Lakers at Clippers: What can we learn?

As a rule of thumb, preseason games aren't used to predict regular season and playoff success. A strong October forecasts little about April-June, just as a weak October doesn't mean a struggle awaits. (Except in the case of the Bobcats, whose current 1-5 clip is likely a solid indicator of what lies ahead). Beyond rust gathered by months away from meaningful basketball, any extenuating circumstances render training camp results even fuzzier. For example, if a team is integrating new faces and/or a new system, confusion is expected. One can only glean so much information from a squad bit early by the injury bug. And should veteran players sit out games as a precautionary measure against "you name it," the final score can be tossed out the window.

In other words, the preseason hasn't really taught us much about the Lakers.

Today's game against the Clippers may not buck that trend. Kobe Bryant is likely to sit out the action with a foot injury, and Dwight Howard will be a game-time decision due to lingering soreness after his debut Sunday. Yet another game without the starting five intact, and the same may hold true for the Clips' first five as well. Whatever comes from this contest, it's unlikely to reveal much about the championship prospects for the new-look Lakers. That said, a handful of specifics could be revealed, even with incomplete rosters on both sides. Here are five things we might learn about the Lakers tonight.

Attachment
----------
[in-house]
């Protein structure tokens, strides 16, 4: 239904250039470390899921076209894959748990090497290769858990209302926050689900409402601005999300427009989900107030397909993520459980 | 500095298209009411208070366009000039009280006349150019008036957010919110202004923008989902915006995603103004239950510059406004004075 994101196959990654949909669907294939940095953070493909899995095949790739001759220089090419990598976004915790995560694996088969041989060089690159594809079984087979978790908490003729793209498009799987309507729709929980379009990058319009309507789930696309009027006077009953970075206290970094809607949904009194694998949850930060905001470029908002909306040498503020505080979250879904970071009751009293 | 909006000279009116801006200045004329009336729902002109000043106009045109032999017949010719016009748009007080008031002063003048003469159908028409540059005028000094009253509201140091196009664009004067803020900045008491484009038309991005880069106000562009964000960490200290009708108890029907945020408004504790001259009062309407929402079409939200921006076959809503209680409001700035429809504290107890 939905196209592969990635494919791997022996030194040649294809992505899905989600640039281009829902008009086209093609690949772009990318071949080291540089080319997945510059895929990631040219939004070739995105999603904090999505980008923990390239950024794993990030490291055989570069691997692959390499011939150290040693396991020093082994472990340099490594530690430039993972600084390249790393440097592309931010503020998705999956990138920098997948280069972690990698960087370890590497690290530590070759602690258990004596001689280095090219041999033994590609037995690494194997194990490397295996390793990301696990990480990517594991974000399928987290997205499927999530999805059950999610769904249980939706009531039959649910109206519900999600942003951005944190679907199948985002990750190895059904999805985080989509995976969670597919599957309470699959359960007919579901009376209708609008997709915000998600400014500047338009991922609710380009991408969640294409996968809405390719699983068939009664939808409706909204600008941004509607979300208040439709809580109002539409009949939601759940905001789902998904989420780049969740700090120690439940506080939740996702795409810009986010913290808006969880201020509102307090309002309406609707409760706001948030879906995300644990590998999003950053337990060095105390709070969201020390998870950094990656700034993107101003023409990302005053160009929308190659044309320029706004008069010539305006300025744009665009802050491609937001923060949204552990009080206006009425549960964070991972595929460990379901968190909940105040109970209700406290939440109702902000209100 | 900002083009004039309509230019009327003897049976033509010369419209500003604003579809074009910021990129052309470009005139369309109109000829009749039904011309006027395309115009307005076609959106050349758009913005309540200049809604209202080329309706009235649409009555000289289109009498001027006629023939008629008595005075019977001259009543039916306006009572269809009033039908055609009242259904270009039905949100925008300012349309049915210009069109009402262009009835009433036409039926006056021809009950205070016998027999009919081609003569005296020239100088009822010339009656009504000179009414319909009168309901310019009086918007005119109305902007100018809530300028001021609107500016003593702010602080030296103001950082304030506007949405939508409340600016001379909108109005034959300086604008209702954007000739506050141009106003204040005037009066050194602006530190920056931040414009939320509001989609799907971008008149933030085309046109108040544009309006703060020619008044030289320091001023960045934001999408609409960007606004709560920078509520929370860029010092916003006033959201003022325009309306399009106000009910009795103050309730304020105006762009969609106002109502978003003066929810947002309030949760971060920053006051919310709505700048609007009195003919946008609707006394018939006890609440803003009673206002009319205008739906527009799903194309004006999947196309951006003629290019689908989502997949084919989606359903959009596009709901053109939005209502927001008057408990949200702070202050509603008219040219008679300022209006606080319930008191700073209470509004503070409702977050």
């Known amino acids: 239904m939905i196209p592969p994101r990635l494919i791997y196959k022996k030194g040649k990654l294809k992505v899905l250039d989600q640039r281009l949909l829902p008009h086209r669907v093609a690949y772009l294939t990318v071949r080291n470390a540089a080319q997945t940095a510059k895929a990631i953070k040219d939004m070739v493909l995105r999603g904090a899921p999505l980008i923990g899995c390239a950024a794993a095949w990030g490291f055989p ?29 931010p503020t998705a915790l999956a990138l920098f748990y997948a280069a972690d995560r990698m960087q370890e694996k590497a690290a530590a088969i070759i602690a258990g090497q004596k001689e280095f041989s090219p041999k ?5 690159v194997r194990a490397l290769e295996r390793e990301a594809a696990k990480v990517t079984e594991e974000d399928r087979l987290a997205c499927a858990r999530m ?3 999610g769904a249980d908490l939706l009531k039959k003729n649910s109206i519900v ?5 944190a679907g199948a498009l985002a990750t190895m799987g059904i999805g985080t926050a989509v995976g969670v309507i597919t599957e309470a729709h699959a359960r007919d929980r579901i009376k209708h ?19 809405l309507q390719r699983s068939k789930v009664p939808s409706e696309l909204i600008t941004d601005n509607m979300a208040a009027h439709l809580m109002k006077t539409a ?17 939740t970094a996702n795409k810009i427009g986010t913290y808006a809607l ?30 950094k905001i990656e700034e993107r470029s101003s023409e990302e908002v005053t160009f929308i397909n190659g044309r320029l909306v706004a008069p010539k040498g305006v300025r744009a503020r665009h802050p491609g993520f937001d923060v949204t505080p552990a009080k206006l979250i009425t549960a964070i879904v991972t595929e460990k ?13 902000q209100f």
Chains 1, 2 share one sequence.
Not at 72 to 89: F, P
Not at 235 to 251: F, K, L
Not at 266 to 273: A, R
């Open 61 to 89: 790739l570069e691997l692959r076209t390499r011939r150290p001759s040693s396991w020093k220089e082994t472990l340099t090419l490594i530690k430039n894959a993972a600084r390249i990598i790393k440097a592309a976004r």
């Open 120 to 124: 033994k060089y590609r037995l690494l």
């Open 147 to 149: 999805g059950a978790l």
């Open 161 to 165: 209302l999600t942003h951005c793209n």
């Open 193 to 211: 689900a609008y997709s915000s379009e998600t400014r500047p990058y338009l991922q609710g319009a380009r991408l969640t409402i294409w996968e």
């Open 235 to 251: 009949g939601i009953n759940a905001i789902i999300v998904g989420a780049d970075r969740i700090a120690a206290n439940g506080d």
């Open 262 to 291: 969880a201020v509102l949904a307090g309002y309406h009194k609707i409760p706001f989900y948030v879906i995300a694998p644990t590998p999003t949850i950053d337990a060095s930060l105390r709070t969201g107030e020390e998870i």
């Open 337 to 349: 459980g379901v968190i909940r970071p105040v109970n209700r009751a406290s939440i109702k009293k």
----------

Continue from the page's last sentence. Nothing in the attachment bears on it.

1) Who's got the edge at backup shooting guard?

For those seeking silver-ish linings to Kobe being sidelined, at least Mike Brown will get the rare opportunity to see Devin Ebanks and Jodie Meeks in extended minutes at shooting guard, where he's earmarked both to play with a full roster. As the coach explained during Monday's practice, in a perfect world, he'll employ a big man rotation of Howard, Pau Gasol and Jordan Hill, with Antawn Jamison the primary backup at small forward behind Metta World Peace. This leaves Ebanks and Meeks penciled in for Kobe's leftovers. Unfortunately, Hill's absence has forced Brown to slide Jamison to the 4, Ebanks to the 3 and clarity to the side.

With Hill potentially on hand for a big man rotation with Gasol and Robert Sacre tonight, Brown can perhaps watch Ebanks and Meeks in his preferred spot. Brown has been complimentary of both, but their skill sets are fairly different and equally useful. Ebanks is more of a slasher, with a higher upside as a rebounder, defender and general athlete. Meeks is the more proven shooter, and this team desperately needs floor spreaders. Talking with the coach Monday, he didn't tip his hand much about the direction he's headed, but acknowledged the small sample size for making a decision. Perhaps this game can narrow down his decision.

2) Who's got the edge at backup point guard?

This was Brown's response Monday when I asked what criteria he'd use to decide the matter of Steve Nash's primary sub: